Sorry, sorry; I’m having a hard time getting back into the swing of things after my trip to Paris. Between that and the holiday rush, there doesn’t leave much time for my duties here on this blog.
Actually, I hadn’t anticipated falling off the blogging wagon so easily. I fully expected to be blogging regularly from Paris, but after that initial entry, all of my best intentions flitted away. I was doing a lot of walking around town, taking photographs, spending time with my dad, seeing friends and fighting jet lag; somehow the idea of being productive on my laptop at the end of each day lost out to just resting and relaxing.
I had a great time in Paris, as I always do. In fact, its vivid beauty is so universally acknowledged and accurate that there’s almost nothing original I can write in further praise of it. If you’ve never visited, suffice it to say that it lives up to its reputation in every way — and with each repeat visit, it reveals something new and characteristically stunning.
It’s certainly not perfect, though. For various reasons, I was ready to come home by the end of the week — one of the primary ones being that I got fed up with the Parisian predilection for smoking like it’s going out of style.
Chain Smoke ’Em If You Got ’Em
Though I’m no fan of the habit, I have a fairly decent tolerance for the presence of smoke in public places. At least I do when I’m stateside. By contrast, the amount of lit tobacco in Paris is just too much for me. Tobacco fumes creep liberally through restaurants and bistros like an insidious threat, and cloud up bars and nightclubs like an aggressive San Franciscan fog. It’s not charming, libertine or romantic. It’s just disgusting.
There is, thankfully, hope on the horizon: in the new year, the city will effectively prohibit smoking while in cafés, restaurants and bars, extending a ban that went into effect earlier this year in less nocturnal spaces like offices, schools and airports. Slowly but surely, the Parisian notion of public health is coming along.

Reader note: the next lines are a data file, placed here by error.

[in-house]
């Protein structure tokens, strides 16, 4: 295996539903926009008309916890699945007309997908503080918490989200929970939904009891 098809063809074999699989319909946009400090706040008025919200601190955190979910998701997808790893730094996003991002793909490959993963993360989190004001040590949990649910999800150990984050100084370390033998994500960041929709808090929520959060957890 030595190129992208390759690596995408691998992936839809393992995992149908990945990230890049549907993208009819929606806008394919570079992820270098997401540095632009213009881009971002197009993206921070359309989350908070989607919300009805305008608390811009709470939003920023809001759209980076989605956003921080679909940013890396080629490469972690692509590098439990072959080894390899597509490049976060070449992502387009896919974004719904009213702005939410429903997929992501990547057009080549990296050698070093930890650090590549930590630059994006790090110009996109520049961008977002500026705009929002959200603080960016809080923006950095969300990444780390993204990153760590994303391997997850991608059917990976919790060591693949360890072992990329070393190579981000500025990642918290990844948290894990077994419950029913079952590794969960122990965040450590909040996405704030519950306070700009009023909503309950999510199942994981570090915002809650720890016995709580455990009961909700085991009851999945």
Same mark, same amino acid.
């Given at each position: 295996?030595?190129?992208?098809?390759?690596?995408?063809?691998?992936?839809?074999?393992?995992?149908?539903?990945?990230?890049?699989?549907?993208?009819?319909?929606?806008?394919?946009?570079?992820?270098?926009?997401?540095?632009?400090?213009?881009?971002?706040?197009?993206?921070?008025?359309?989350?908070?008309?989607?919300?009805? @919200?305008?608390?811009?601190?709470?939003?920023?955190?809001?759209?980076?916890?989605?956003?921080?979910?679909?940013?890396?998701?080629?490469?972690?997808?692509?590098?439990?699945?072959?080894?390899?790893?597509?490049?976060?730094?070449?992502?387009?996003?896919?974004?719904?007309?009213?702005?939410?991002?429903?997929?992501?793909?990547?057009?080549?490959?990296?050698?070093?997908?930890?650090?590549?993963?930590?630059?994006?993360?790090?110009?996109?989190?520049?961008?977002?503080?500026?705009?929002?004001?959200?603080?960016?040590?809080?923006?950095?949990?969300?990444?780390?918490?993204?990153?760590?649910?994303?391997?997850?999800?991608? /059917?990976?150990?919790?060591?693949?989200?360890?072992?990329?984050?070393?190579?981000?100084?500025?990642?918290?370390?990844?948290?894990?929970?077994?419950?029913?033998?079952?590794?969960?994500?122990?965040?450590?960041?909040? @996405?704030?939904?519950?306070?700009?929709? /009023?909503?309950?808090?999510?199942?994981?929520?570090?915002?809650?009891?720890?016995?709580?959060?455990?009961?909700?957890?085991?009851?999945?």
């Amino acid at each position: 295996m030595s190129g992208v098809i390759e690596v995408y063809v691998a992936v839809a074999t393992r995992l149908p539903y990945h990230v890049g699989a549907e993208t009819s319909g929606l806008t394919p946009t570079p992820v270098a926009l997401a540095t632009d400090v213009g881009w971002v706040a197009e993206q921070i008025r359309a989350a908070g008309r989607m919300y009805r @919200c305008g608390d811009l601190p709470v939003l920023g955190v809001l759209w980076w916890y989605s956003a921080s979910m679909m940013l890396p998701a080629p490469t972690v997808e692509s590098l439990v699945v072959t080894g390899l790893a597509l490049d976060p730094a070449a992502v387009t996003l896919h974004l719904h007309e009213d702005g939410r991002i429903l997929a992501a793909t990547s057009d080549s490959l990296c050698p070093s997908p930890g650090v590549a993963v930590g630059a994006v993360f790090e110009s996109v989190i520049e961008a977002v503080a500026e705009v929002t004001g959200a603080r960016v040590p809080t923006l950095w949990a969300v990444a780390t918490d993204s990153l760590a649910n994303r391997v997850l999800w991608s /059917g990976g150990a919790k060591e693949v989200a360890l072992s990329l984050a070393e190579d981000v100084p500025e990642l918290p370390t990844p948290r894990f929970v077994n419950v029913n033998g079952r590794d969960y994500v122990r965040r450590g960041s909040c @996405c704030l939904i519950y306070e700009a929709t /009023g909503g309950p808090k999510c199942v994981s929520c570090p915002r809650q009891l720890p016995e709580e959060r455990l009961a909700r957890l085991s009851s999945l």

Back to the Future of Smoking
That extended ban is just weeks away, but if you spend any time among the undeterred smoking population in Paris’ bars and clubs, where cigarette consumption seems undiminished, even accelerated, you’ll find it hard to believe that the law will change a thing once it’s on the books. It reminded me of how completely unrealistic New York City’s own smoking ban seemed in the days before it took effect earlier in this decade; at the time the habit was so thoroughly ingrained in the city’s nightlife that a mere statute seemed to stand little chance of curbing such monumentally entrenched behavior.
Still, when the calendar turned, smoking disappeared from bars and nightclubs without much of a fight. Today, it’s difficult to recall vividly that time when smoking was so prevalent in New York. Memories of that era are hazy and absurd compared to the altogether more sensible reality we experience today; that you can now spend an evening out with friends without inhaling the deadly byproduct of other people’s cigarettes and without returning home at the end of the evening bearing the vile musk of an ash tray is so thoroughly logical, I’m amazed by how long we tolerated what came before it.
All of which is a long-winded way of saying: people adapt to new rules — new patterns of usage — even when the old ways seem unchangeable. We often mistake long-standing preferences for non-negotiable instincts, but we’re really much more flexible than that. Lucky for the Parisians, and lucky for me, too, next time I go.